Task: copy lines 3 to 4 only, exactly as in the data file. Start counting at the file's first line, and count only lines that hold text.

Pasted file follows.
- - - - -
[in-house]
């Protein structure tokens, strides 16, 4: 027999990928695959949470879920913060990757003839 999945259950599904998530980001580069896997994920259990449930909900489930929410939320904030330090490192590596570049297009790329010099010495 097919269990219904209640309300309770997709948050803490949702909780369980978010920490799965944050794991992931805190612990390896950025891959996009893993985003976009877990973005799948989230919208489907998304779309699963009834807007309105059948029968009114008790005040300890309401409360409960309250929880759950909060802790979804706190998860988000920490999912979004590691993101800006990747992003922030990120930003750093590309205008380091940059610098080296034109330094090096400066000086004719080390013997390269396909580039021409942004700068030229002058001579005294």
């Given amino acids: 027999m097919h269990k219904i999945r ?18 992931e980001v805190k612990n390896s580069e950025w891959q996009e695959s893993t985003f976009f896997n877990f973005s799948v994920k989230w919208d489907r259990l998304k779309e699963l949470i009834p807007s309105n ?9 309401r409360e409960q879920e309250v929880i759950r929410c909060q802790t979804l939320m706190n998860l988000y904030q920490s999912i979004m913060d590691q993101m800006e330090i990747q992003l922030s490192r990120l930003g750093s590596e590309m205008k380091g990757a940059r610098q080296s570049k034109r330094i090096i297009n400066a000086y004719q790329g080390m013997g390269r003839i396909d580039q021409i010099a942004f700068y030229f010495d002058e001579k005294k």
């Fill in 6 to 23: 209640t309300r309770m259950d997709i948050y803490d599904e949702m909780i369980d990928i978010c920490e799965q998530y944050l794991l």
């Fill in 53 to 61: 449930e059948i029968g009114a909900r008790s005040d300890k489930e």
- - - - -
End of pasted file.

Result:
């Given amino acids: 027999m097919h269990k219904i999945r ?18 992931e980001v805190k612990n390896s580069e950025w891959q996009e695959s893993t985003f976009f896997n877990f973005s799948v994920k989230w919208d489907r259990l998304k779309e699963l949470i009834p807007s309105n ?9 309401r409360e409960q879920e309250v929880i759950r929410c909060q802790t979804l939320m706190n998860l988000y904030q920490s999912i979004m913060d590691q993101m800006e330090i990747q992003l922030s490192r990120l930003g750093s590596e590309m205008k380091g990757a940059r610098q080296s570049k034109r330094i090096i297009n400066a000086y004719q790329g080390m013997g390269r003839i396909d580039q021409i010099a942004f700068y030229f010495d002058e001579k005294k």
């Fill in 6 to 23: 209640t309300r309770m259950d997709i948050y803490d599904e949702m909780i369980d990928i978010c920490e799965q998530y944050l794991l």